Sheriff, DA join in criticism of county law enforcement funding

Merced County Sheriff Vern Warnke addresses the board of supervisors on Tuesday, April 25, 2016, imploring the board to put more money into law enforcement agencies.
Merced County Sheriff Vern Warnke addresses the board of supervisors on Tuesday, April 25, 2016, imploring the board to put more money into law enforcement agencies.

Calling gang violence a “public safety crisis,” Merced County District Attorney Larry Morse II teamed up with Sheriff Vern Warnke on Tuesday to criticize the Board of Supervisors for its failure to stem the crime wave or improve pay for the short-staffed Sheriff’s Office.

Morse approached the board with the same message in recent years. The supervisors, he said, did not respond to his previous pleas for help to combat gang violence.

“In the three years since I challenged this board to get engaged in the public safety battle, especially concerning gangs, only one member of the board has even contacted me to suggest ways to generate more revenue to fight gangs,” Morse said.

“Frankly, it’s been a deafening silence from the third floor,” Morse said, referring to the location of the board’s chambers in the county administration building on M Street.

Morse and Warnke shared statistics on homicide rates in Merced County over the past five years, which hit a record high of 32 in 2014. That gave the county the state’s highest homicide rate per 100,000 people, according to state Justice Department statistics.

Morse stressed that staffing shortages in the Sheriff’s Office have kept it from fully participating in gang task forces.

For the past year, the Merced County Deputy Sheriff’s Association has been in negotiations with the county seeking a wage raise for deputies, who reportedly are leaving for other agencies with better pay.

“We need to invest in the skin part of this,” Warnke told the board. “We need to invest in the blood, sweat and tears (of the people) wearing the uniforms, and make them feel appreciated and make them want to stay.”

Board Chairman Hub Walsh, District 2 supervisor, noted that more than half the county’s budget is devoted to public safety and the county in recent years has made large investments in equipment and projects for the Sheriff’s Office.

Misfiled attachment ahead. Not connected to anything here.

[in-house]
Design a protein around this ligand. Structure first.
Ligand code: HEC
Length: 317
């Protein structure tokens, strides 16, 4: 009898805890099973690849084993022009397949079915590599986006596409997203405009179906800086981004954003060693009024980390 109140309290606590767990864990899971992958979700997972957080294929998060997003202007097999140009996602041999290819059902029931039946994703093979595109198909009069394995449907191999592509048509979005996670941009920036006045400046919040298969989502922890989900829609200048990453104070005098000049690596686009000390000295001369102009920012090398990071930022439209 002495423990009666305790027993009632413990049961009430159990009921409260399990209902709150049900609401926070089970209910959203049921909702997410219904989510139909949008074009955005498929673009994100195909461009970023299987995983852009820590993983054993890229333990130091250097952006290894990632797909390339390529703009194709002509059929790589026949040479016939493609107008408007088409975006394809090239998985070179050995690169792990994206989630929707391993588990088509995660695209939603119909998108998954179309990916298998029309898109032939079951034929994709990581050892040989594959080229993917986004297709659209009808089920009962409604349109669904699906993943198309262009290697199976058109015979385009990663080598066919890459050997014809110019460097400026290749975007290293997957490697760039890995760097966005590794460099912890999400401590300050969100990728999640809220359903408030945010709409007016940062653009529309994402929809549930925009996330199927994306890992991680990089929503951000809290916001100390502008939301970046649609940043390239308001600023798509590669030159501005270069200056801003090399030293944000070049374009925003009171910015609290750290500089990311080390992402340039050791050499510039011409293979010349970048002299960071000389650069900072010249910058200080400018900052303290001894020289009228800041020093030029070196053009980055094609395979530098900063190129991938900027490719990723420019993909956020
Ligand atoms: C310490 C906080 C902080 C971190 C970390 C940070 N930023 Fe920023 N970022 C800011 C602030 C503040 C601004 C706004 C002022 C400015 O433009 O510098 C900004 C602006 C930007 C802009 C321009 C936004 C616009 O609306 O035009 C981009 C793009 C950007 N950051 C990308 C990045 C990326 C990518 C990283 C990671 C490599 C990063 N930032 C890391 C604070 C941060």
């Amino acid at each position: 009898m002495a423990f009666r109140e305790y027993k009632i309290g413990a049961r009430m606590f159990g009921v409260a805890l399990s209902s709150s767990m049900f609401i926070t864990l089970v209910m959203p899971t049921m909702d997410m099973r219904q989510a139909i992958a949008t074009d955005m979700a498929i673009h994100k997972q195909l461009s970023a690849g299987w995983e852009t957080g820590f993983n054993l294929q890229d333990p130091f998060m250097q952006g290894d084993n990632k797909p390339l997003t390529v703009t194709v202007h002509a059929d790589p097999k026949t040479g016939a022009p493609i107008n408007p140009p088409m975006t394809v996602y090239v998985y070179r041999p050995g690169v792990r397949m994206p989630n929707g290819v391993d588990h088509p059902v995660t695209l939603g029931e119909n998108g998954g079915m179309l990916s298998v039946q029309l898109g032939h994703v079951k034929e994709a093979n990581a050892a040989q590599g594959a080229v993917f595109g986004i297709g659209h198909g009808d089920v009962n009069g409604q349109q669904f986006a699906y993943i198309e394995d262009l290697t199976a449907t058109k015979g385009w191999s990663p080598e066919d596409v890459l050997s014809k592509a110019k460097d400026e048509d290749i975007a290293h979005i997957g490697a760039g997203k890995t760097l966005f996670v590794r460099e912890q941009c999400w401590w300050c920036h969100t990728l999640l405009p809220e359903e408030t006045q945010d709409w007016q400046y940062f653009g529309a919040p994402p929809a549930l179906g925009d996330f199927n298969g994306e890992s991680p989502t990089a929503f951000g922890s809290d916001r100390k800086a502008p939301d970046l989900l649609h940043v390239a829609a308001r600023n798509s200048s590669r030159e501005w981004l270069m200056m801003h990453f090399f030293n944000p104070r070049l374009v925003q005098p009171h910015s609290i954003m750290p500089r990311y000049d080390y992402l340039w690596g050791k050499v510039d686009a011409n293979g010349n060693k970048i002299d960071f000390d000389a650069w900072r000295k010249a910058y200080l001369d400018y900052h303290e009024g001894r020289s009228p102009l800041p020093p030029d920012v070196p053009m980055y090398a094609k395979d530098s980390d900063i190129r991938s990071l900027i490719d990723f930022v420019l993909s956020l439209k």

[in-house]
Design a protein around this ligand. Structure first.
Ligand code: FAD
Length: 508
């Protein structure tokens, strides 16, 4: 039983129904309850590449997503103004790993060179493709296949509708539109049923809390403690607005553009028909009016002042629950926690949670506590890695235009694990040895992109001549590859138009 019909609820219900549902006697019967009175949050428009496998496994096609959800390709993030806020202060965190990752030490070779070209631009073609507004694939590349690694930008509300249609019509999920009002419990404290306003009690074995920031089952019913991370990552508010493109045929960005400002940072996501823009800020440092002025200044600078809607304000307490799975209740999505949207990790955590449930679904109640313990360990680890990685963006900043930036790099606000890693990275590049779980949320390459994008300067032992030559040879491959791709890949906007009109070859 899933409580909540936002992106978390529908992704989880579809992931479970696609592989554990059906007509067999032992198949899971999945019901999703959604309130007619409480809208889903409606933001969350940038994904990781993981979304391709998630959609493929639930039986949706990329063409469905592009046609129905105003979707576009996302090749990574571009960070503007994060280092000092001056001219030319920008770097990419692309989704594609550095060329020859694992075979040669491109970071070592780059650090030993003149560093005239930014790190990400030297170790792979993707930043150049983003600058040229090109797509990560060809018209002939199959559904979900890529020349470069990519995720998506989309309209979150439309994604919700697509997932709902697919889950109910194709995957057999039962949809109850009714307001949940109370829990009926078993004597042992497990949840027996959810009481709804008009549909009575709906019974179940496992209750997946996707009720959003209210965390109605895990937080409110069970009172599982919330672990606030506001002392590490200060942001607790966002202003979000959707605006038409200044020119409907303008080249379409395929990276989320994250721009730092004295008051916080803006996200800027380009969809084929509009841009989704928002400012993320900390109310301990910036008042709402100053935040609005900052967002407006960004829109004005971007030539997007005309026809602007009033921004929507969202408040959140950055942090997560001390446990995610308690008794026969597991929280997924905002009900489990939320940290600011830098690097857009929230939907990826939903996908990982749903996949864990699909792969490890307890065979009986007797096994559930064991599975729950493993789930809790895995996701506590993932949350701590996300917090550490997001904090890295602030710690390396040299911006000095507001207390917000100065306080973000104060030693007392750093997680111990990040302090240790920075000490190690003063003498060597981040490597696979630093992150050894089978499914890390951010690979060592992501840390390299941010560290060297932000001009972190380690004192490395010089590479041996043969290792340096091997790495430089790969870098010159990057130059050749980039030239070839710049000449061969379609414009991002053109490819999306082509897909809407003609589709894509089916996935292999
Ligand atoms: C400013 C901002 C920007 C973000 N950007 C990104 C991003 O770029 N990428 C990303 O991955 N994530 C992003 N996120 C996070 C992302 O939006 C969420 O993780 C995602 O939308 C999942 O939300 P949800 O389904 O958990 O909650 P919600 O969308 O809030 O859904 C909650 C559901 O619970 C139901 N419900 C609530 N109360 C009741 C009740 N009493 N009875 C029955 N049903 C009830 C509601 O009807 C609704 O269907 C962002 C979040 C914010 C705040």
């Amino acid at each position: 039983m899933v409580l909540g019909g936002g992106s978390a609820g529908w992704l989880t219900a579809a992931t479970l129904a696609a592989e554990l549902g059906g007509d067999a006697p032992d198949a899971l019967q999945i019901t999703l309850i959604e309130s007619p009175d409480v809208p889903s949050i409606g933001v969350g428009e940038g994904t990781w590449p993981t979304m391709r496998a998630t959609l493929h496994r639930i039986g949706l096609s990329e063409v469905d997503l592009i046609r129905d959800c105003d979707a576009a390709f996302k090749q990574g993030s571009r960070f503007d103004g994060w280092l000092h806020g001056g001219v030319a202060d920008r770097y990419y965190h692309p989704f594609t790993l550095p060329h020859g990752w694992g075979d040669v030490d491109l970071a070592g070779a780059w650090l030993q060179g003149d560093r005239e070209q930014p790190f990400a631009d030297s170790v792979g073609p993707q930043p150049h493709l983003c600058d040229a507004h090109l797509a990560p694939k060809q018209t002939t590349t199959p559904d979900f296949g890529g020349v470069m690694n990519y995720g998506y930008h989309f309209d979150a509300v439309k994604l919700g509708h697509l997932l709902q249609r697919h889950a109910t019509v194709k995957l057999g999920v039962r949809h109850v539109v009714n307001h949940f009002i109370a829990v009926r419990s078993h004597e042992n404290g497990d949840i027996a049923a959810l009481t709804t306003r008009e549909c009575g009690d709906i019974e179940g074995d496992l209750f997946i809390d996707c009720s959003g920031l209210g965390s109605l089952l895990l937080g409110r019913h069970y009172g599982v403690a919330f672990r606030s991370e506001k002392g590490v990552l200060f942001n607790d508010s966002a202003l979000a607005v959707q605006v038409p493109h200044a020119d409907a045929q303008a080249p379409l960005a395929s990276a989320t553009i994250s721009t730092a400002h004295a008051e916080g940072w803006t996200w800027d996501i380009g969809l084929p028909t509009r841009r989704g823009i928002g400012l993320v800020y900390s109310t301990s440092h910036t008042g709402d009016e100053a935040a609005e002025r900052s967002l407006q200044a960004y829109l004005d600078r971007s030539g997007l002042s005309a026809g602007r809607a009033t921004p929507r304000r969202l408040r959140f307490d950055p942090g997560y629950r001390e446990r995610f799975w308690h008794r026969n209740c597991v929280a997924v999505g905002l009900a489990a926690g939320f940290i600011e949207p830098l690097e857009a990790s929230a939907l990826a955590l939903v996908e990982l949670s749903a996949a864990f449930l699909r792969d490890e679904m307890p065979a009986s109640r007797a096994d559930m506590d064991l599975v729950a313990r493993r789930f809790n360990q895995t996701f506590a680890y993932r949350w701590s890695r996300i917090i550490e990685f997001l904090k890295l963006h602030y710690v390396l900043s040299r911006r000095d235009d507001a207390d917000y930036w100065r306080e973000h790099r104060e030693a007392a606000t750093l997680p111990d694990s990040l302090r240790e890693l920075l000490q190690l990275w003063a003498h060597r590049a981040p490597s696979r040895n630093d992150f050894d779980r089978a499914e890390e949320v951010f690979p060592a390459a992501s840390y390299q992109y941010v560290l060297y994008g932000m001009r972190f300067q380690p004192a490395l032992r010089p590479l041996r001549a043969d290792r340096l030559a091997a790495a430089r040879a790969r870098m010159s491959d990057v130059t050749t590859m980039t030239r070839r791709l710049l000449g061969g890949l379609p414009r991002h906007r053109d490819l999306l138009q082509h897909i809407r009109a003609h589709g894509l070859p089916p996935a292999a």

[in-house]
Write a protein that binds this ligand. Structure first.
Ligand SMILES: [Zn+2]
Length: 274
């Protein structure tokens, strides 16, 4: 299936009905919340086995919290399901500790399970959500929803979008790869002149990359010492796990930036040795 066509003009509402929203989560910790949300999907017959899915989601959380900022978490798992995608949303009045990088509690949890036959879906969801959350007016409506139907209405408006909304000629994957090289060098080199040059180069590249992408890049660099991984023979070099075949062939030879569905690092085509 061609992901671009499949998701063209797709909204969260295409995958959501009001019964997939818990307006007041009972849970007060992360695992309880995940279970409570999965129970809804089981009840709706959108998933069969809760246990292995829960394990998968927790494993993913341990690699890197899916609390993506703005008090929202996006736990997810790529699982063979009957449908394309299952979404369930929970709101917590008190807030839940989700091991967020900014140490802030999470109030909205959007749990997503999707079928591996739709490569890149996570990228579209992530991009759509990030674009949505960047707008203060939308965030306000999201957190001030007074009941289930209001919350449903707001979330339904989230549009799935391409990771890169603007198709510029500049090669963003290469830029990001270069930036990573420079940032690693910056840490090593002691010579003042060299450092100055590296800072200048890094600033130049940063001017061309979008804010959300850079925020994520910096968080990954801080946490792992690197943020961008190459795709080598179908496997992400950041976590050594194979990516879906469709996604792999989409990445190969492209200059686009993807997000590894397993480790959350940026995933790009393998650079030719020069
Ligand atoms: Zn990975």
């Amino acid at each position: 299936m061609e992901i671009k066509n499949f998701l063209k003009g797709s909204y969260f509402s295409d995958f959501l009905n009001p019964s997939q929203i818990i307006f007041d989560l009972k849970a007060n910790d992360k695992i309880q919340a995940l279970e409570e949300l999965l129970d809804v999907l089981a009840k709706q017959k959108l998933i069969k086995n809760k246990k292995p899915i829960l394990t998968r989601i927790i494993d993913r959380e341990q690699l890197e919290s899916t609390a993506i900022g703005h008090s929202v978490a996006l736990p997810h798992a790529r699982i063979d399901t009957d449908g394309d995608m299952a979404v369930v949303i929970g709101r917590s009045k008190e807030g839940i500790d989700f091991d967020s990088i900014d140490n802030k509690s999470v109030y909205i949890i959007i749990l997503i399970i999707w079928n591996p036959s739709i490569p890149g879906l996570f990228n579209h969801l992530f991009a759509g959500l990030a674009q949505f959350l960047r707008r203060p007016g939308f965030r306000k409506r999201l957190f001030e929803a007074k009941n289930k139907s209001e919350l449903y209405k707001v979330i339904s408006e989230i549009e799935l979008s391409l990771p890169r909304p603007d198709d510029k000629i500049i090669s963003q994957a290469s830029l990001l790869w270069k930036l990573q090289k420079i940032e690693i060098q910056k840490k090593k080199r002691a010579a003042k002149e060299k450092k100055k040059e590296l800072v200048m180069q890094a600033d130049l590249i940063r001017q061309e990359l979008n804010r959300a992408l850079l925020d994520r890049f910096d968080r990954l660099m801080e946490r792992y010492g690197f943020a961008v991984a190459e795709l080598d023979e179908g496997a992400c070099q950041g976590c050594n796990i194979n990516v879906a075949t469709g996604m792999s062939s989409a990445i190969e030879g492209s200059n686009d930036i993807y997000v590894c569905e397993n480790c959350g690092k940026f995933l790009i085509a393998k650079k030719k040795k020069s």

Walsh also recommended reintroducing a public safety committee.

The sheriff and district attorney said they were unaware such a group exists.

District 1 Supervisor John Pedrozo said later in the meeting that the committee is assembled and meets at the request of department heads. Pedrozo said he and District 4 Supervisor Deidre Kelsey were members of the committee, which also includes fire officials.

Jerry O’Banion, District 5 supervisor, said the board is trying to do whatever it can to help.

“The Sheriff’s Office was increased by at least four positions,” O’Banion said. “It’s not our fault you can’t get those positions filled.”

From the 2013-14 budget to the current year’s budget, the DA’s office and the Sheriff’s Office requested 10 more positions. The Board of Supervisors approved 27 additional positions for the two offices.

But Warnke said he’s had trouble recruiting to fill the new positions because the pay and benefits are not competitive with neighboring agencies.

The county’s proposal in March to the Deputy Sheriff’s Association included a 7 percent raise over two years contingent on capping health benefits, which the union saw as a decrease in take-home pay, Phil Brooks, the association’s president, said at the time.

O’Banion agreed deputies are important, but said he values every county employee.

“They’ve all gone through some of the same struggles or worse struggles that some of these other safety folks have in the past,” he said. “Some of the 24-hour services didn’t take cuts when the other employees did.”

Andy Krotik, the government affairs director for the Merced County Association of Realtors, said that when the association’s members show properties, clients search the Internet for Merced and see the crime statistics.

“It’s embarrassing to have to deal with the panhandlers and the murder rates when you’re working as a Realtor,” he said.

Krotik said the Board of Supervisors has moved fast to tackle other issues, such as the groundwater management ordinance and road tax.

“The appearance is that you’re not taking this (crime) as an emergency situation,” he said.

Walsh asked the county’s staff to compile information on how the board has supported law enforcement in recent years and promised to include Morse and Warnke in future public safety committee discussions.

Brianna Calix: 209-385-2477